The Red Web: The Struggle Between Russia’s Digital Dictators and the New Online Revolutionaries is a nonfiction book written by two Russian journalists, Andrei Soldatov and Irina Borogan. The authors examine the history of surveillance technologies in Russia, from the very early years of the telecommunication industry to the era of social media. The book was originally written in English. Its Russian version, Битва за рунет, was published about one year after the English original hit the bookshelves and got wide recognition. The sensitive nature of the subject probably explains that gap. Funny, but when I wanted to get a digital Russian copy of the book, it was “out of stock” in one of the largest Russian online book stores.
The Red Web is a documented chronicle of political life in Russia during the past three decades shown from the perspectives of the telecommunication industry. Andrey Soldatov and Irina Borogan tell the story of how the Internet came to Russia in the 1990s, became a very powerful medium in the 2000s, and then turned into one of the instruments of state control.
In order to explain that dynamic, the authors had to start the story in the 1950s, when telecommunication technologies were at their early stage. It wouldn’t be an exaggeration to say that intercepting phone calls and eavesdropping has been in the usual repertoire of the secret police from the very beginning of telephonisation. They changed their names from NKVD to KGB, to FSB, but one thing has remained invariable: the desire to have a control over the means of communication. So, Soldatov and Borogan take the reader on a brief tour of the history to show how persistent that trend is.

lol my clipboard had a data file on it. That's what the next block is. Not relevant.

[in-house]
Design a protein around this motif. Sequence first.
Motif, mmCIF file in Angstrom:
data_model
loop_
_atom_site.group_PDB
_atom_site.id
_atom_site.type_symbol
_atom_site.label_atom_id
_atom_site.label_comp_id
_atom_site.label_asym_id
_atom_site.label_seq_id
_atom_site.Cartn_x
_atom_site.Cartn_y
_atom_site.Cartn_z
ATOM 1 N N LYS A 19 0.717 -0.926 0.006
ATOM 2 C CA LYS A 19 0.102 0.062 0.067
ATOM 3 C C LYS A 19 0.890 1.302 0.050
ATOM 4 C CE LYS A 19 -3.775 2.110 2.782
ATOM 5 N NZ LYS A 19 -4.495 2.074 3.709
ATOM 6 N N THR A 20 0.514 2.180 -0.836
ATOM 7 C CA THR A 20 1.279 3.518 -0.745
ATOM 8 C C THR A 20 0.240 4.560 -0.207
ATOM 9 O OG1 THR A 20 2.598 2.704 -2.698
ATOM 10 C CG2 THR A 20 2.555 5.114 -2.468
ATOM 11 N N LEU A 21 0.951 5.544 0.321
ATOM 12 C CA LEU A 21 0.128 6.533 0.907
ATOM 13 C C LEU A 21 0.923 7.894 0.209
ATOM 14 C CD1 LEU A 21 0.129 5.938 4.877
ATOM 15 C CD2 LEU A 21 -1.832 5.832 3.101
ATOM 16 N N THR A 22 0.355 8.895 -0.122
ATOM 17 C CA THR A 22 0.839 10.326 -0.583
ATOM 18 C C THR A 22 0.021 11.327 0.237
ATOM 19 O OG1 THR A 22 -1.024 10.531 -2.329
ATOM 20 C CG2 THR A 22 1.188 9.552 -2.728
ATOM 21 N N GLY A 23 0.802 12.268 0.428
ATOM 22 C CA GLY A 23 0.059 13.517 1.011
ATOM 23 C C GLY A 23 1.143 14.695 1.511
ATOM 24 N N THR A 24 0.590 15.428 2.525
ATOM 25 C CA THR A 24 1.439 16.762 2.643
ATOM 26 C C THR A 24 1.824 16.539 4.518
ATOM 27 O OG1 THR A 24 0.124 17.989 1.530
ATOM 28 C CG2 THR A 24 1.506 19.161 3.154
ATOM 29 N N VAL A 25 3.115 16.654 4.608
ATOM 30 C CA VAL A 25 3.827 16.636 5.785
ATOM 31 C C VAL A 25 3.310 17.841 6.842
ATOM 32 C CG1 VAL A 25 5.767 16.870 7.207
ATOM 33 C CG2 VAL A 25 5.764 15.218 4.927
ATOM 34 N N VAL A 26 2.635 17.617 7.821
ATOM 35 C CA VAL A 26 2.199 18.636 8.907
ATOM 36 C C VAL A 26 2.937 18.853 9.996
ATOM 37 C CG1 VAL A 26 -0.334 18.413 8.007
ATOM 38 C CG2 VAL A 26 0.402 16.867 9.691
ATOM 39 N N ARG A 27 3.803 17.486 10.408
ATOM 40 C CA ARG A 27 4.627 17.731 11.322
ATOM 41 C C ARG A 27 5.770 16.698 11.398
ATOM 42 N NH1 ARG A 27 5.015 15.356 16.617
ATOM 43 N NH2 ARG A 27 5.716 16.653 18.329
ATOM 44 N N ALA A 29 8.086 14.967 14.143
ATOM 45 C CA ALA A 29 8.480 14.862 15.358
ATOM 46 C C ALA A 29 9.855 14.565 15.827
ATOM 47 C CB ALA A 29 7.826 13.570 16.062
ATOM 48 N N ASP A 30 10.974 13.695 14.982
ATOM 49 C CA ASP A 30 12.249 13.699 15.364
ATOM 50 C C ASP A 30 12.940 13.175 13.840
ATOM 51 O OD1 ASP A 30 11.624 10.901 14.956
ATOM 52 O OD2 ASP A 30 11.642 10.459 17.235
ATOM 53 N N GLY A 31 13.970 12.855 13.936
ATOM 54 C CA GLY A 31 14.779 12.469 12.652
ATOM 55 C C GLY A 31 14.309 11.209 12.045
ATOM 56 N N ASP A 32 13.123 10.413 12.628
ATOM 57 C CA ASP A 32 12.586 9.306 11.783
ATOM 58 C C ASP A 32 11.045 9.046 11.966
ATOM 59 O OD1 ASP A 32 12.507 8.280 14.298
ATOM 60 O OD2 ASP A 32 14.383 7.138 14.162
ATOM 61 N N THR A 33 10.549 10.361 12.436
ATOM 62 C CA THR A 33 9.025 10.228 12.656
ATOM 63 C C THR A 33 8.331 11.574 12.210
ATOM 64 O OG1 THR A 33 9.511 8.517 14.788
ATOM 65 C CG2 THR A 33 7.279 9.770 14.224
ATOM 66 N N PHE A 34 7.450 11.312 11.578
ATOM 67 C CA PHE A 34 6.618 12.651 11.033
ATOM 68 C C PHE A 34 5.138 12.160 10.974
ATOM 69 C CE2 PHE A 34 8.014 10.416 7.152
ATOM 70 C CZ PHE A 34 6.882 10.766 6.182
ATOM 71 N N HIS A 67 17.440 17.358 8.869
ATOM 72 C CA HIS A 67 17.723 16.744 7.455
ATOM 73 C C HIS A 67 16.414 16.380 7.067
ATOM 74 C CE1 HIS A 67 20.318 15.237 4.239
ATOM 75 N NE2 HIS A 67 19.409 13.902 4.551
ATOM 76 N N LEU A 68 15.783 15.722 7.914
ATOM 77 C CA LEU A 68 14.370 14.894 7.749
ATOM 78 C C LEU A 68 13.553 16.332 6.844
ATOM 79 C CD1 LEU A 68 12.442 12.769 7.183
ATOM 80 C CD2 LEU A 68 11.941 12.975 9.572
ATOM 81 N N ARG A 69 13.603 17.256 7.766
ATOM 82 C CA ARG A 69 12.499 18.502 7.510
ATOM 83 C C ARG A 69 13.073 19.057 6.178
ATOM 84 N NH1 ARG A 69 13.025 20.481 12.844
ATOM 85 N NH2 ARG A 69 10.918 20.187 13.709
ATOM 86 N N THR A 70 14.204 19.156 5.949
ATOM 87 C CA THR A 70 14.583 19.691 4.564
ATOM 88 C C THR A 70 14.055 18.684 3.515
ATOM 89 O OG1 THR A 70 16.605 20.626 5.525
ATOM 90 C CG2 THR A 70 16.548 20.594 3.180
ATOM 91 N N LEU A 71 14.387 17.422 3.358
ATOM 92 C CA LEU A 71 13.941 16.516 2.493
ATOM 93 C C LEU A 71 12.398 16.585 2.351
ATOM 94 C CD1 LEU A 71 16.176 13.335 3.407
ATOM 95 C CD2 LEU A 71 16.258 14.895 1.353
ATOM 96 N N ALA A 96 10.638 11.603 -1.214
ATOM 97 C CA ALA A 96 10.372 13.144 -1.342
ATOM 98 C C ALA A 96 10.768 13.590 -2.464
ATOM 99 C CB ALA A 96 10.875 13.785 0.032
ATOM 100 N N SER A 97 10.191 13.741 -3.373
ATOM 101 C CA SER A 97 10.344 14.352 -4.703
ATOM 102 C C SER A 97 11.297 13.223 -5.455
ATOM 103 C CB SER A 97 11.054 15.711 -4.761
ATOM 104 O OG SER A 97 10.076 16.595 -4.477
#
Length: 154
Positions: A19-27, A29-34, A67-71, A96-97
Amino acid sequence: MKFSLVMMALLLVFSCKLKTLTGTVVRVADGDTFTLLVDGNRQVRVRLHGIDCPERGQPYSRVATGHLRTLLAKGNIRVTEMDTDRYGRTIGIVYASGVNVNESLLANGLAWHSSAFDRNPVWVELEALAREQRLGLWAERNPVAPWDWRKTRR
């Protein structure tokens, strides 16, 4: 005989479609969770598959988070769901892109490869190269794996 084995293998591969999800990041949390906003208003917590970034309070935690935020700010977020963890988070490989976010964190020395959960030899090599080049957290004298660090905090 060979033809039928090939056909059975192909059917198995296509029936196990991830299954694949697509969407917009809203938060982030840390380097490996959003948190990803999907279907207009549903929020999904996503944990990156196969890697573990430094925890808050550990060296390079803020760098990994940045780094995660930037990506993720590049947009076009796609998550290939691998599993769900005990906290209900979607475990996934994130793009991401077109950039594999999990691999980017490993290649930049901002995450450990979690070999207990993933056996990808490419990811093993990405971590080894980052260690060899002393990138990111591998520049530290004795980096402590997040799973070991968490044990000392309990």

The Soviet Past
The chapters of the book dedicated to Soviet history are anything but boring. It is not a secret that the competition between the United States and the Soviet Union drove technological development in both countries. While the space race attracted a lot of public attention, the competition in the telecom business remained almost unnoticed; however, there were events as dramatic as the moon landing. Along with telecommunications, surveillance technologies were rapidly perfected. Telecommunications were designed to unite people, to help people build connections. The Soviet state demanded telecommunications to be the means of control. That existential conflict shaped the industry in Russia, with the political pendulum swinging from authoritarianism to relative liberalism and back.
Winds of Change
I read the chapters about Perestroika and the 1990s with a bitter-sweet nostalgia. After the collapse of the Soviet Union, the political and economic turmoil opened limitless opportunities, but most people felt absolutely helpless and lost, and were too confused to see and take those opportunities.
Back then, the internet was in its embryonic stage in Russia, but those were the telecommunications that helped Yeltsin to win a confrontation with the coup leaders in 1991. The horizontal, decentralized network turned out to be much stronger and more efficient than anyone could expect.